Newscasts

PNS Daily Newscast - May 24, 2018 


Jared Kushner finally granted his security clearance. Also on our nationwide rundown: a new lawsuit seeks the release of a gay man from ICE Detention in Pennsylvania; and protecting an Arizona water source for millions near Phoenix.

Daily Newscasts

Christian Progressives Speak Up in Advance of Election

Progressive Christians say they're beginning to speak out in increasing numbers about their policy views and the ways they are rooted in their faith. (thelesleyshow/morguefile)
Progressive Christians say they're beginning to speak out in increasing numbers about their policy views and the ways they are rooted in their faith. (thelesleyshow/morguefile)
October 20, 2016

RALEIGH, N.C. – Sparks flew and tempers flared Wednesday night in the final presidential debate.

And while much attention has been given during the campaign to the views of voters who identify themselves as Christian, as it turns out, that's a broad spectrum, in North Carolina and across the country.

While some people may assume that Christians and conservatives go hand in hand, a growing number of voters insist that isn't always the case.

Robert Mullis attends a Baptist church in Charlotte and says he views policy discussions through his faith, and has formed a political position that runs counter to the stereotype.

"People from the pulpit bring up hate, and I hear people use religion to espouse inequality,” he states. “That distresses me, and I have to just try to live my life, in touching the people I touch, to express my beliefs, and let that spread."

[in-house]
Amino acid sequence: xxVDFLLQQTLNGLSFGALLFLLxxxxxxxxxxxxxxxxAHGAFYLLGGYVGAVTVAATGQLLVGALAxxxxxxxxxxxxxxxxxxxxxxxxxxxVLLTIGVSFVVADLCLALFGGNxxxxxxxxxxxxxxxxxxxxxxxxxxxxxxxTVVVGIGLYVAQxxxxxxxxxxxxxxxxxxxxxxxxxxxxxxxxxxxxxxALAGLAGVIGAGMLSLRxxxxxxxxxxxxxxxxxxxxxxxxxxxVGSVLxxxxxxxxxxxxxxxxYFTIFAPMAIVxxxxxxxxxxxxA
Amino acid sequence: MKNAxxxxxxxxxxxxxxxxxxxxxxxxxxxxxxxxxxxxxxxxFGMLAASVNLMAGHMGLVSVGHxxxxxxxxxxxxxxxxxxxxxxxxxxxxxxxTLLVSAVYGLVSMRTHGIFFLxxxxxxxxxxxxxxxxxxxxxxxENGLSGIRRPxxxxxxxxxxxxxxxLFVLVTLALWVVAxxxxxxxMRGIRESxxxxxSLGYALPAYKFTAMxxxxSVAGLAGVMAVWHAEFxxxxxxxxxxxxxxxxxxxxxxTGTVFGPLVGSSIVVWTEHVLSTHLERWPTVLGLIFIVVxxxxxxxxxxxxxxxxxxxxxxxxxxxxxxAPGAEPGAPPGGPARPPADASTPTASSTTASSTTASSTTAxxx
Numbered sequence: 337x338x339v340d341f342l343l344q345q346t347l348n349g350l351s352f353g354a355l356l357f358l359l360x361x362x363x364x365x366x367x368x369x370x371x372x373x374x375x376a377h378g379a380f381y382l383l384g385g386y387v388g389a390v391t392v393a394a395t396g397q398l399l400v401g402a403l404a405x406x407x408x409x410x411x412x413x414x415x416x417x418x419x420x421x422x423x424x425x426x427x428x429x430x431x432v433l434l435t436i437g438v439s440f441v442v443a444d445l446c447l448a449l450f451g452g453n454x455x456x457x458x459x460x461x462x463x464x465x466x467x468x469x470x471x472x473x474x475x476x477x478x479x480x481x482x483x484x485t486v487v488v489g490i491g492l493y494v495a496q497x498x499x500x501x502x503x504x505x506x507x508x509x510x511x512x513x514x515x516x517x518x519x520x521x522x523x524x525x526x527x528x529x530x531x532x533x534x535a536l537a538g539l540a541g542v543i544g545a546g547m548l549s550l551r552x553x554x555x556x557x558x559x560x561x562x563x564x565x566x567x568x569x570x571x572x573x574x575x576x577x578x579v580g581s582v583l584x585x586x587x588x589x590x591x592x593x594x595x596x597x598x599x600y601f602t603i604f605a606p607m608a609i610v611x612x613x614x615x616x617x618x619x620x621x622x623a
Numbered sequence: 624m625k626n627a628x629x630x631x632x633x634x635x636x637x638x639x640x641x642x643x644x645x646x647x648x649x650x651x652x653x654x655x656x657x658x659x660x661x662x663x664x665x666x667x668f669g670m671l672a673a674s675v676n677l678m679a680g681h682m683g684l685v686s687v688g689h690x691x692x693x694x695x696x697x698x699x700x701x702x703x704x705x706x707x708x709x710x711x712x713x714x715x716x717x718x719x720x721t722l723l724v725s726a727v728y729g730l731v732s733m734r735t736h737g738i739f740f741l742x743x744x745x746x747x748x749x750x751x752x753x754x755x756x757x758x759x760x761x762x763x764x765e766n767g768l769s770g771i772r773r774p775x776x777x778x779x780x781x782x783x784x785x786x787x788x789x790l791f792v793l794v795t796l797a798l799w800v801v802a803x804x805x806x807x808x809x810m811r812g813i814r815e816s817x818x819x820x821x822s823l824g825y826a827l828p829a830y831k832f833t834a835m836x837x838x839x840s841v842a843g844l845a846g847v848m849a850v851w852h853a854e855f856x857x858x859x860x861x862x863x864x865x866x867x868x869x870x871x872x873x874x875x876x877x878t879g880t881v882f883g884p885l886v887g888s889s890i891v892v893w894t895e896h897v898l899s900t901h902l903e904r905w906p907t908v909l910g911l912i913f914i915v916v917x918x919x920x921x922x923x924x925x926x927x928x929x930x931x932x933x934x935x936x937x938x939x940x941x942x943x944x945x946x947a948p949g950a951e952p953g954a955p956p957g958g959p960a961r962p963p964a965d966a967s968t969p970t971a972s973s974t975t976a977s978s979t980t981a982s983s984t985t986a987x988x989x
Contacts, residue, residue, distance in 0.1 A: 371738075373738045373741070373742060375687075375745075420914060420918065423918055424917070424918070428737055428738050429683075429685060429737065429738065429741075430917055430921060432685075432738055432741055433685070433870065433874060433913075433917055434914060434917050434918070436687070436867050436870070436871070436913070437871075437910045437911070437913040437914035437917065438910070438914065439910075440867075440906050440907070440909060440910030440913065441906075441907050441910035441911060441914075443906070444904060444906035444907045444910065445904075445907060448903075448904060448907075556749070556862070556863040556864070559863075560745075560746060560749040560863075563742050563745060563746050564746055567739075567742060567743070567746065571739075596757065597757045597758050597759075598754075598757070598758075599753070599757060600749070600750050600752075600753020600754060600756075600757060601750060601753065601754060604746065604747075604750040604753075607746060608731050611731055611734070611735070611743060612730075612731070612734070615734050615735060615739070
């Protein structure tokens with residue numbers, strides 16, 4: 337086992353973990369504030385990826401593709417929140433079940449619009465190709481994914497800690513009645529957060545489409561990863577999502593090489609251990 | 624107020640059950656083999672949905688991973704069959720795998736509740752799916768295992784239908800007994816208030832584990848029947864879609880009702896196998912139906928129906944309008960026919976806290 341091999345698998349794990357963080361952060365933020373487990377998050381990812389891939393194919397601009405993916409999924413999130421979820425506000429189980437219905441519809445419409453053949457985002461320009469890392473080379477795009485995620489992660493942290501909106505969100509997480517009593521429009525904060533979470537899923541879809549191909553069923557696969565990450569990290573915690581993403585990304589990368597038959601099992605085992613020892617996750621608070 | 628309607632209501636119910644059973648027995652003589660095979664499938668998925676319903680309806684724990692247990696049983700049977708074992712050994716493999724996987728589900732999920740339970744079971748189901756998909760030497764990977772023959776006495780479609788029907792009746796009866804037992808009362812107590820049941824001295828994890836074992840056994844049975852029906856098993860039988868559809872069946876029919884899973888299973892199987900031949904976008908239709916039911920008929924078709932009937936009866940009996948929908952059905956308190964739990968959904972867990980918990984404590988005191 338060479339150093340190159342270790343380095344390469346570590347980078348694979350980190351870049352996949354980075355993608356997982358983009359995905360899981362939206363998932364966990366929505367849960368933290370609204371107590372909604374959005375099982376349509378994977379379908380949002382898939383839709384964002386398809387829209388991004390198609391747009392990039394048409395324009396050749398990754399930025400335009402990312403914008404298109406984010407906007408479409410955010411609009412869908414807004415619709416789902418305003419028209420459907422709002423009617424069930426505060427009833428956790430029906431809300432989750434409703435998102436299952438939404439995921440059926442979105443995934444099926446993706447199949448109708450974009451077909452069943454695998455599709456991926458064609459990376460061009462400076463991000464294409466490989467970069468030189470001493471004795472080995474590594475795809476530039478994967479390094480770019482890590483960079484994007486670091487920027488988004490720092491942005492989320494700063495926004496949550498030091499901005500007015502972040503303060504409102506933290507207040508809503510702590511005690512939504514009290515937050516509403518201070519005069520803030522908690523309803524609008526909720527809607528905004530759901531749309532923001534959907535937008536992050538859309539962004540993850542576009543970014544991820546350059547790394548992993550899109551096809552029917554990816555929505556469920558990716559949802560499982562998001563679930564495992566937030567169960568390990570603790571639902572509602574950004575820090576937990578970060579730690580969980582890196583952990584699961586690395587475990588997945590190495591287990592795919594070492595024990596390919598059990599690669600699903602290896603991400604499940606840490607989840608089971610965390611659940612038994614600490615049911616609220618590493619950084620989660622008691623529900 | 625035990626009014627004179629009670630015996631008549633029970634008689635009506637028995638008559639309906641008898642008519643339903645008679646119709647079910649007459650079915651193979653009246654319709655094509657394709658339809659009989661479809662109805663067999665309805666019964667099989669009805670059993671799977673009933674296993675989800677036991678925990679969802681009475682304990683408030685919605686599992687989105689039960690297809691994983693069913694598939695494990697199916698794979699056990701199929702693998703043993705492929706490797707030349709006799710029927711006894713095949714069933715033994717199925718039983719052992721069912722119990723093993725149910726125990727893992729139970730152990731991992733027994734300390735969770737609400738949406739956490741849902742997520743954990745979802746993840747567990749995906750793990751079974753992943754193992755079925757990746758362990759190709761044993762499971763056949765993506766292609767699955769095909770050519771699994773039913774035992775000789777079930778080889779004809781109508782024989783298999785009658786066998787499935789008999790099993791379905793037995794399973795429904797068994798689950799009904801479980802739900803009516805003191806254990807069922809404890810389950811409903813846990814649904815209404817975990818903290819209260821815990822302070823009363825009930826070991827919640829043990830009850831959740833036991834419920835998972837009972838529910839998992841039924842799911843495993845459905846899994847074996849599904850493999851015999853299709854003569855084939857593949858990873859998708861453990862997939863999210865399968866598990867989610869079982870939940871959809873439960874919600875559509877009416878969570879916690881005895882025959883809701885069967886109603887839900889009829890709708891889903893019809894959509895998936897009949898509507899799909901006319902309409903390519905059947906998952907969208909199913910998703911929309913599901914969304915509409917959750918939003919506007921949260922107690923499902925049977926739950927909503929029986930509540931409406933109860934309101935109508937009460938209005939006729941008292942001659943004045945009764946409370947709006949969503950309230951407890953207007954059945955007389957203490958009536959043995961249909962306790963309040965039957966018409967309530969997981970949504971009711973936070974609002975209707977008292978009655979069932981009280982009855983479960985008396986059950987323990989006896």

According to the Pew Research Center, 56 percent of so-called mainline Protestants identify politically as Democratic or nonpartisan, and 46 percent of evangelicals fall into that same category.

Jennifer Copeland, executive director of the North Carolina Council of Churches, a group that identifies with more progressive churches, says she and others are working to reclaim language that has long been absorbed into more conservative circles.

"The progressive Christian voice can no longer sit at home and expect people to come into our sanctuaries to hear what we have to say about progressive Christian values,” she states. “We've simply got to get out into the streets and tell our story."

Mullis says he respects the political opinions of others in his religion that lean further to the right, but is mindful that they're all reading the same Bible.

"We're looking at the love that Jesus taught, and how that's found in the gospels,” he points out. “And that's sort of the message that I get from Jesus is, that's the basic golden rule – love one another."



Stephanie Carson/Scott Herron, Public News Service - NC